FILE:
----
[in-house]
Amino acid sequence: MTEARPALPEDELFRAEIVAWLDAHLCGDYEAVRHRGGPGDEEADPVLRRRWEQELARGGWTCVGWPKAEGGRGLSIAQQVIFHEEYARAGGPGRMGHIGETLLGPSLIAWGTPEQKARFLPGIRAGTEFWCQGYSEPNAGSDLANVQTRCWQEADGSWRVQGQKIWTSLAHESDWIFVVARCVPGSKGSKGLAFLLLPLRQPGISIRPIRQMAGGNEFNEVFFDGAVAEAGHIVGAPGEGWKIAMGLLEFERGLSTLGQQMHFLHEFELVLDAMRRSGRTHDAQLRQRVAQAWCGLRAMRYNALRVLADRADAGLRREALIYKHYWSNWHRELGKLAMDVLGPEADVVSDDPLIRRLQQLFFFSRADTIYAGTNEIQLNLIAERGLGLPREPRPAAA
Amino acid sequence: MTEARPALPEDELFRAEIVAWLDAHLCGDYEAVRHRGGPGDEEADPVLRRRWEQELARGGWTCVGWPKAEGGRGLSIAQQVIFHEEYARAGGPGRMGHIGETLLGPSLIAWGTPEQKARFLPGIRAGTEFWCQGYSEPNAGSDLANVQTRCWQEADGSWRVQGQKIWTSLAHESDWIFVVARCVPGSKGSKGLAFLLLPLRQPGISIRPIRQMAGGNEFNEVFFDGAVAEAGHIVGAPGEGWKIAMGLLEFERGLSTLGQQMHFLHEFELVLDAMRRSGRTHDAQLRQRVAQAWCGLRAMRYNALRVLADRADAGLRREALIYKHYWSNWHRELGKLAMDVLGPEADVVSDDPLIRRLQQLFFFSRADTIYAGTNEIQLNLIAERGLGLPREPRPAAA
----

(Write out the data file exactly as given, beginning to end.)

[in-house]
Amino acid sequence: MTEARPALPEDELFRAEIVAWLDAHLCGDYEAVRHRGGPGDEEADPVLRRRWEQELARGGWTCVGWPKAEGGRGLSIAQQVIFHEEYARAGGPGRMGHIGETLLGPSLIAWGTPEQKARFLPGIRAGTEFWCQGYSEPNAGSDLANVQTRCWQEADGSWRVQGQKIWTSLAHESDWIFVVARCVPGSKGSKGLAFLLLPLRQPGISIRPIRQMAGGNEFNEVFFDGAVAEAGHIVGAPGEGWKIAMGLLEFERGLSTLGQQMHFLHEFELVLDAMRRSGRTHDAQLRQRVAQAWCGLRAMRYNALRVLADRADAGLRREALIYKHYWSNWHRELGKLAMDVLGPEADVVSDDPLIRRLQQLFFFSRADTIYAGTNEIQLNLIAERGLGLPREPRPAAA
Amino acid sequence: MTEARPALPEDELFRAEIVAWLDAHLCGDYEAVRHRGGPGDEEADPVLRRRWEQELARGGWTCVGWPKAEGGRGLSIAQQVIFHEEYARAGGPGRMGHIGETLLGPSLIAWGTPEQKARFLPGIRAGTEFWCQGYSEPNAGSDLANVQTRCWQEADGSWRVQGQKIWTSLAHESDWIFVVARCVPGSKGSKGLAFLLLPLRQPGISIRPIRQMAGGNEFNEVFFDGAVAEAGHIVGAPGEGWKIAMGLLEFERGLSTLGQQMHFLHEFELVLDAMRRSGRTHDAQLRQRVAQAWCGLRAMRYNALRVLADRADAGLRREALIYKHYWSNWHRELGKLAMDVLGPEADVVSDDPLIRRLQQLFFFSRADTIYAGTNEIQLNLIAERGLGLPREPRPAAA